Work-life balance is a term you frequently encounter when you join the workforce. It refers to an ideal state of equilibrium between your professional and personal life. As good as it sounds, work-life balance is quite difficult to achieve in reality, not because there is a lack of companies offering flexible working hours, but mainly due to the way we have thought about the concept. Traditionally, the term implies that our lives have two distinct worlds—professional and personal—where we need to allocate an equal number of hours in order to have a balanced existence.
Here are ways you can change the way you think about work-life balance in order to make it easier to achieve.
1) Start with Your Dreams
Before worrying about work-life balance, you need to think about your dreams: What are the things you love to do? Where does your satisfaction and happiness lie? Based on these answers, you can then aim to improve your self-awareness, which can then help you achieve a more balanced approach in managing and structuring your life.
2) Forget About the Work-Life Dichotomy
Most people think that work-life balance is about equally dividing your time between work and personal life—as if we exist in two different worlds. This way of thinking has made achieving this ideal very elusive. Instead of having a perfect “50-50”, you could consider these two concepts more flexibly—you set your own boundaries based on your needs, limitations and life stages.
You must adopt an adaptable mindset to respond to sudden needs as they arise during the day. Activities can be rearranged so that you can accommodate these pressing concerns and return back to your current task or preoccupation as soon as these issues have been resolved.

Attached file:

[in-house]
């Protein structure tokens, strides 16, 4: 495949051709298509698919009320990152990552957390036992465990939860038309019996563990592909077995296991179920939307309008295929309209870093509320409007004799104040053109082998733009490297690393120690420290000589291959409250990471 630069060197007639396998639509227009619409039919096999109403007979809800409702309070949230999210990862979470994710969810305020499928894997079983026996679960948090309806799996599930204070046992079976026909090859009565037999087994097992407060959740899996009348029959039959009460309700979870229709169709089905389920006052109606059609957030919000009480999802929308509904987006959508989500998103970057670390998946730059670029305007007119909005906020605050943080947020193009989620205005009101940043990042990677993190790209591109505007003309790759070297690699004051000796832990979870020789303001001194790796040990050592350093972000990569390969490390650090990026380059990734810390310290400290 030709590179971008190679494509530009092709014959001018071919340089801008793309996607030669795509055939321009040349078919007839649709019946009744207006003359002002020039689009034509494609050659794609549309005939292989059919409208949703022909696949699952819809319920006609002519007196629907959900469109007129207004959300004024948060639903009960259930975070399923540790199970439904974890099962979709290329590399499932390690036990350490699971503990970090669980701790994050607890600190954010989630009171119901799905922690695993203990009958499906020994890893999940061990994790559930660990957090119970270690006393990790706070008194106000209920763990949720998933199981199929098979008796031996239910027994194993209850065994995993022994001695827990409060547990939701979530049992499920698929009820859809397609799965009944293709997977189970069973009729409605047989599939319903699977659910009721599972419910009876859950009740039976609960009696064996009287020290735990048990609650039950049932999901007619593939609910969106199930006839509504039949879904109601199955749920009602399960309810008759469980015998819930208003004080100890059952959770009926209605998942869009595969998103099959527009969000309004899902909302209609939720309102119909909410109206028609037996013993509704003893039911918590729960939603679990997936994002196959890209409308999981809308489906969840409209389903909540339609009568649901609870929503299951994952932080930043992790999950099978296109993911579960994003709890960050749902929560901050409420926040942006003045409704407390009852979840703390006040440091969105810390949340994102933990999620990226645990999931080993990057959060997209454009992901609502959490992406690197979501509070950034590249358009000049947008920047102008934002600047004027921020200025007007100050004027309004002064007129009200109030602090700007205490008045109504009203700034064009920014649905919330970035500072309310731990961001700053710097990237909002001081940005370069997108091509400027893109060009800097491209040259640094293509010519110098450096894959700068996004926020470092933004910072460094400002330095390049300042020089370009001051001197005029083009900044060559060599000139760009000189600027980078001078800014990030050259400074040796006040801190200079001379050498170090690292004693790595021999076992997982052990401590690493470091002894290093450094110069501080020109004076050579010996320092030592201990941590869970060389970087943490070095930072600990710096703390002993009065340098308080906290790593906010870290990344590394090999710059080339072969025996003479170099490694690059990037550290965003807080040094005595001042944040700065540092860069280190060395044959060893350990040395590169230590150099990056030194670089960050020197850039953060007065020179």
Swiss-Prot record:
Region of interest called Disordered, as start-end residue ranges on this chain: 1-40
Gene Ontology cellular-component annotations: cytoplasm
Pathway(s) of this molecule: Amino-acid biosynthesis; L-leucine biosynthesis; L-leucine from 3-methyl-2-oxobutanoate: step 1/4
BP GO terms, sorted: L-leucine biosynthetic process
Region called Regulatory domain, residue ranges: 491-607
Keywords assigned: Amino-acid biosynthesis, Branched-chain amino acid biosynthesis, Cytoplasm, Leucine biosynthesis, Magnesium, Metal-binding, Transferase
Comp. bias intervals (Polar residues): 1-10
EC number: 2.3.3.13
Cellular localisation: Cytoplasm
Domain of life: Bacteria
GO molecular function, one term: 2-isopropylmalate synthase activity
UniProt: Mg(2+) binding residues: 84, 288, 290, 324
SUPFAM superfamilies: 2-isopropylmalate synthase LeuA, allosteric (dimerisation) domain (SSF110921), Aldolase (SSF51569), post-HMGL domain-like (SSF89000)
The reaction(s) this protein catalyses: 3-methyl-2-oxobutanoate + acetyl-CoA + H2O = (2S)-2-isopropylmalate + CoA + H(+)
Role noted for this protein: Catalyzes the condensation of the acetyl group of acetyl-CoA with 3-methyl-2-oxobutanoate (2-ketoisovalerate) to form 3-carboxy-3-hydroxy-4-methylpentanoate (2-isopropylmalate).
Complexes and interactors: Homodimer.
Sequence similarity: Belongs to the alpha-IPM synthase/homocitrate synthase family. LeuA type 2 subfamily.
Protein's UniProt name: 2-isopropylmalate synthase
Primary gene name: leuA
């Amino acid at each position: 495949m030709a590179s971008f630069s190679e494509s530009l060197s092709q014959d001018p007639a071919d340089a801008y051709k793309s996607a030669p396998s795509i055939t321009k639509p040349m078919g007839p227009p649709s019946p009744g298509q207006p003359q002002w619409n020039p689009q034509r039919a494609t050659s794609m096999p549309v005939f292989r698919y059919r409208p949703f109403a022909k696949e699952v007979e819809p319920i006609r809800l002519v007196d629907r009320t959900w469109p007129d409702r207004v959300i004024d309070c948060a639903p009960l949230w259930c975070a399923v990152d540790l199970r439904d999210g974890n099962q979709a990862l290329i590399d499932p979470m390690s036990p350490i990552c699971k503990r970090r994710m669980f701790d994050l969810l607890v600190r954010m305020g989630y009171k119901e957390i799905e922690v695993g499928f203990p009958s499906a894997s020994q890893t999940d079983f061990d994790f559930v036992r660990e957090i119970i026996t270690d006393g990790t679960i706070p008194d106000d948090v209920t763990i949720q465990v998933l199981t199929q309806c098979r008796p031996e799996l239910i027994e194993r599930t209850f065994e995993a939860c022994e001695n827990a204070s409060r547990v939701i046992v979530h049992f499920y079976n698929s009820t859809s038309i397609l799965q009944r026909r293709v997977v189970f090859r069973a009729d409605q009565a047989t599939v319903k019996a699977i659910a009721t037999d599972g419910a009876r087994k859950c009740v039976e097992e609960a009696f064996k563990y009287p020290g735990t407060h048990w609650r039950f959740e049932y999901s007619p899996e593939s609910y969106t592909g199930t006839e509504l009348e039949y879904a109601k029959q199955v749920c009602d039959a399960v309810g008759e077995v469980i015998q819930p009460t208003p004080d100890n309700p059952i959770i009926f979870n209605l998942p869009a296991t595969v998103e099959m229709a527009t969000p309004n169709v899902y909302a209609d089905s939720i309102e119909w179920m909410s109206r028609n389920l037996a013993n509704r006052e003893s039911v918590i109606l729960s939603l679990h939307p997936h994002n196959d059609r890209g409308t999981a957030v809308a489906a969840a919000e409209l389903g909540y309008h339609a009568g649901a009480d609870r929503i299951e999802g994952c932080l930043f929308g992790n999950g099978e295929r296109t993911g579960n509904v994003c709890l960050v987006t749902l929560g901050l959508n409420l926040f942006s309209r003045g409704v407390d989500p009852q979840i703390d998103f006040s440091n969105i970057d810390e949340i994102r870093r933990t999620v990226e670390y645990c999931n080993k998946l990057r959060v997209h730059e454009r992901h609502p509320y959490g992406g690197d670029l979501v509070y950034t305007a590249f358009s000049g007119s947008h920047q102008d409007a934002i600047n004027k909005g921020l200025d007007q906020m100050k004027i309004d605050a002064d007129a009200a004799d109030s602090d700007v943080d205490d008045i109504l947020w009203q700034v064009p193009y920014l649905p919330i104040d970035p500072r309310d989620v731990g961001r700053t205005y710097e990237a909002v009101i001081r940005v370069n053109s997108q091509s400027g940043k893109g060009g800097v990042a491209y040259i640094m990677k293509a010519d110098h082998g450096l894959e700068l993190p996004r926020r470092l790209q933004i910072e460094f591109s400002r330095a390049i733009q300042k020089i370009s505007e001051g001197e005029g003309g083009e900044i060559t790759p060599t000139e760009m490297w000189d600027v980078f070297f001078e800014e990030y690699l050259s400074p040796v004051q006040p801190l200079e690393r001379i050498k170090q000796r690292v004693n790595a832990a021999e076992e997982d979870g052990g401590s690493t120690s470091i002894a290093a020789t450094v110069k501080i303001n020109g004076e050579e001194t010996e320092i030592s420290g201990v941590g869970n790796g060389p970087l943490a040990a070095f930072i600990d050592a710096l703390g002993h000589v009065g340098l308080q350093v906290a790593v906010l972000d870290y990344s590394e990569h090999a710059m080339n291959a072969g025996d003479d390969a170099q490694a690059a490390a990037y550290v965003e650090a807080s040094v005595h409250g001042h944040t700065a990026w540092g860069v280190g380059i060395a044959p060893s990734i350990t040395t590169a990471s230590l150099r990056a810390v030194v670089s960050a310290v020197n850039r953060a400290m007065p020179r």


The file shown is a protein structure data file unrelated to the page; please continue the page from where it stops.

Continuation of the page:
Finding the right balance is key. A disproportionate amount of time devoted to your work life may result to health concerns like digestive problems or heart disease. It may take you away from spending quality time with your family and loved ones. On the other hand, overindulgence in your personal life may affect your performance and reputation in the workplace.
3) Think Beyond Your Professional Achievements
At times, you may forget that your life is more than the targets you need to meet, or your constant need to impress others. Your over-identification with these professional concerns may obscure your true identity as an individual.
Your intrinsic value lies in who you are: your individual qualities and abilities as well as the varied relationships in your life (e.g. family, friends, colleagues). The work you do and your professional relationships are an extension of who you are.
4) Follow the Cyclical Nature of Flow and Ebb
You experience the rhythm of flow and ebb daily. As work ebbs and dies down at the end of the day, your personal life experiences an increase in the level of engagement or flow as you begin to immerse in personal activities like playing with your children, doing the grocery, calling your spouse or taking a brisk walk around the neighborhood. You need this constant flow and ebb in order to feel more balanced, that is, if you constantly push yourself hard, you might feel burnout; if you take it too easy all the time, you may not make much progress and feel dissatisfied with your life.
In conclusion, achieving work-life balance starts with the way we think about our life and how we deal with everyday activities or tasks. Instead of thinking that we live in two separate worlds—professional and personal—we should remember that we only have one life, where there needs to be a good rhythm of flow and ebb and that we are able to devote time to our work as well as personal interests.
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